Mr Orgill —Sure. If we look at the bottom—the percentage of projects completed—the New South Wales government and the Victorian Catholics are out on the right of that band at the bottom of that schematic at close to 60 per cent. So they have actually implemented their programs very quickly. If you then go further down, you can see the New South Wales Catholics are about half of the New South Wales government in terms of the completion of their projects. You can also see that the Victorian government is even below them. So in giving an assessment—and asking, as the senator was asking: okay, the cost is higher but how have they gone on completions?—I would compare it to this schematic which shows that New South Wales government has done very well on stimulus but has had very high cost and has not had consistent value for money. Victorian Catholics have done a great job. They have had high completion rates and good control of costs. They are two points that I would make.

Senator BILYK —Supplementary to that, as a senator from Tasmania it would be remiss of me not to ask how you think Tasmania went through the process. You did mention in your opening speech that you have had a chance to look at it in depth.

Mr Orgill —I think Tasmania did very well. They are ahead of the middle of the pack in terms of completions and their costs are very comparable to the independents and Catholics in Tasmania. Moreover, and this is the nuance of the approach, Tasmania appointed architects with the schools and got as much customisation of their projects as was possible and so got really good results for its schools. It was not a cookie cutter approach; there was no lack of consultation. They actually consulted with the schools and the schools had a degree of autonomy. So the end product in terms of quality and usefulness was also very good from our observations.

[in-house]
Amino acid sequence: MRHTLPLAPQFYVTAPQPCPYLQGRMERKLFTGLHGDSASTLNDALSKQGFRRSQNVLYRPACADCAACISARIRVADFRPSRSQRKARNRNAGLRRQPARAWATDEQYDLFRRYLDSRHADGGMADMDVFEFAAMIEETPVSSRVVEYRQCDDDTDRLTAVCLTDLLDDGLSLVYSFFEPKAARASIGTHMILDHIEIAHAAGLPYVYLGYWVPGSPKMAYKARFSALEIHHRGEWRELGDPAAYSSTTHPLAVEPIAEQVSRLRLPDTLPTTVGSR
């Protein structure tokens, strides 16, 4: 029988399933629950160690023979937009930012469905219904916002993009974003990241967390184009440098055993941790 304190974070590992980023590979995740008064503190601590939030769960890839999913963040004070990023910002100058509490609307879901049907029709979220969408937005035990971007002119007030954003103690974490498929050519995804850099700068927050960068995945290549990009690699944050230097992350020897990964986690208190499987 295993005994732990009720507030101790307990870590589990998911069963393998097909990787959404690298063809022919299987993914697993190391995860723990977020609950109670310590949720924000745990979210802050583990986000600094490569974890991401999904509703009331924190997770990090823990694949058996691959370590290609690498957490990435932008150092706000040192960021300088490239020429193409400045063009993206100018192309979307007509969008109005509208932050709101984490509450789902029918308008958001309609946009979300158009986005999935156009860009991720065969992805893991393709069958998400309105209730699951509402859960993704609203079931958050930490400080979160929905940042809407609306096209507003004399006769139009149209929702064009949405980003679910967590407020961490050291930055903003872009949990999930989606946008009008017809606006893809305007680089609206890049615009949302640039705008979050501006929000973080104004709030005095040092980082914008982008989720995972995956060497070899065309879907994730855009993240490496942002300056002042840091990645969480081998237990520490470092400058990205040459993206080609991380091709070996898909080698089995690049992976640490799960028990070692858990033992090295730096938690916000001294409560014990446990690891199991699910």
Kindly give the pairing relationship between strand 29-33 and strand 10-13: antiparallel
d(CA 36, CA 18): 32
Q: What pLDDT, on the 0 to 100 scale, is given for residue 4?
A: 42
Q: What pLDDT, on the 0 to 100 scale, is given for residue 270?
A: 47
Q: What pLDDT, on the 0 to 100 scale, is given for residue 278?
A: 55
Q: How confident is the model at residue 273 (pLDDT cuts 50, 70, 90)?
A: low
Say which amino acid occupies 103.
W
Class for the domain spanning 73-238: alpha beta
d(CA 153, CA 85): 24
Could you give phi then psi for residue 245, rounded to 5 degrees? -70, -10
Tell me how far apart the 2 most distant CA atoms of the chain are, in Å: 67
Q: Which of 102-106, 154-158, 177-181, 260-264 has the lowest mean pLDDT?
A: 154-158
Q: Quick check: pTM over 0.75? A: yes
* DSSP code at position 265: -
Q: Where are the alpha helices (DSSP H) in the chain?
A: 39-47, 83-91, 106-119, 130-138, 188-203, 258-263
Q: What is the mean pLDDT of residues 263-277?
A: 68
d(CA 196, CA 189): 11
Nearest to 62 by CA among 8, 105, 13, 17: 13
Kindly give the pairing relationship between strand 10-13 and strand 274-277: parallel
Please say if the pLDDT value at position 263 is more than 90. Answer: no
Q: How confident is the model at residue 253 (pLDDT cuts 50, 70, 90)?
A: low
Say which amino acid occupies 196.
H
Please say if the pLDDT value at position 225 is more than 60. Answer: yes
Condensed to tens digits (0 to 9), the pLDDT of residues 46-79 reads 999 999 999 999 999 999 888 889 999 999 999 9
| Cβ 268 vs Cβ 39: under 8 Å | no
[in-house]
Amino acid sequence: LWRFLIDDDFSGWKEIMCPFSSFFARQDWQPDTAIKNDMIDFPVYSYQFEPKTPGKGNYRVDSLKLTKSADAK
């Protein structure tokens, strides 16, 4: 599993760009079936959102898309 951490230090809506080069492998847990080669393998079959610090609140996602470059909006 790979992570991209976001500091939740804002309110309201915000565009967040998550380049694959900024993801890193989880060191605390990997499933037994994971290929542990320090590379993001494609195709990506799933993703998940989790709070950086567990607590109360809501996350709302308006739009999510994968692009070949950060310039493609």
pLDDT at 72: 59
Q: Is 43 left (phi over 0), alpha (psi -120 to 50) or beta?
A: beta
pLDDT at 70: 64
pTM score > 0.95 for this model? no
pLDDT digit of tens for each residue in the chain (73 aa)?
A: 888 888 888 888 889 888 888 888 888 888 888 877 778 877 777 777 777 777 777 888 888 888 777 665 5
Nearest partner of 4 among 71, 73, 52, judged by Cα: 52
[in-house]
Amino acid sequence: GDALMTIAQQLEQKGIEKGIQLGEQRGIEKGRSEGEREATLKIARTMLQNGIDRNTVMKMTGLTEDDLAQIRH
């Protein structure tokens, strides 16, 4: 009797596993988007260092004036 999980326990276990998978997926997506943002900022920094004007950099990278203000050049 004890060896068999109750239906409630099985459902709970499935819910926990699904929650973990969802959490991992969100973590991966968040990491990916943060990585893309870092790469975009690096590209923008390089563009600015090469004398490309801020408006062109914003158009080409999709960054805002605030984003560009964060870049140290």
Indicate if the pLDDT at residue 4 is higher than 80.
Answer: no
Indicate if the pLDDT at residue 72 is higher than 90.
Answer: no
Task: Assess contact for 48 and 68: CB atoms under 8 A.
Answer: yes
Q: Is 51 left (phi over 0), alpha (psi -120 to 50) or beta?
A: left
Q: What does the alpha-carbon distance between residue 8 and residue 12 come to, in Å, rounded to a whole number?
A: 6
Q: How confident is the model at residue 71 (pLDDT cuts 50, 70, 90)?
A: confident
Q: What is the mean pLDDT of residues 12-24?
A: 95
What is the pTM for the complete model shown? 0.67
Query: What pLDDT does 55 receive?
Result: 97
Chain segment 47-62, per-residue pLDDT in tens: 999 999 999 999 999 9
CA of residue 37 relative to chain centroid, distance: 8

Senator BILYK —With regard to that, I have been to a number of the facilities throughout Tasmania, and the whole of the Tasmanian community seemed very happy with the outcome.

Mr Orgill —Yes, I think they implemented it very well. So I am not at all disappointed with the senators’ trade-off of cost, quality and time. If you are looking at educational authorities rather than individual projects, the right schematic is 28.

CHAIR —But it does make Senator Mason’s point, doesn’t it, that the Victorian Catholics achieved the same speed of completion but did not trade off cost—

Mr Orgill —They did a very good job.

Senator MASON —Let me move towards some conclusions, Mr Orgill. In the report you have written something that is somewhat contradictory. You say:

With project completions at 43 per cent it is too early to be definitive—

okay, ‘definitive’ is the qualifying word—

as to whether individual education authorities have attained value for money.

You say that on page 10. Then you make some education authority specific comments. You say on page 10: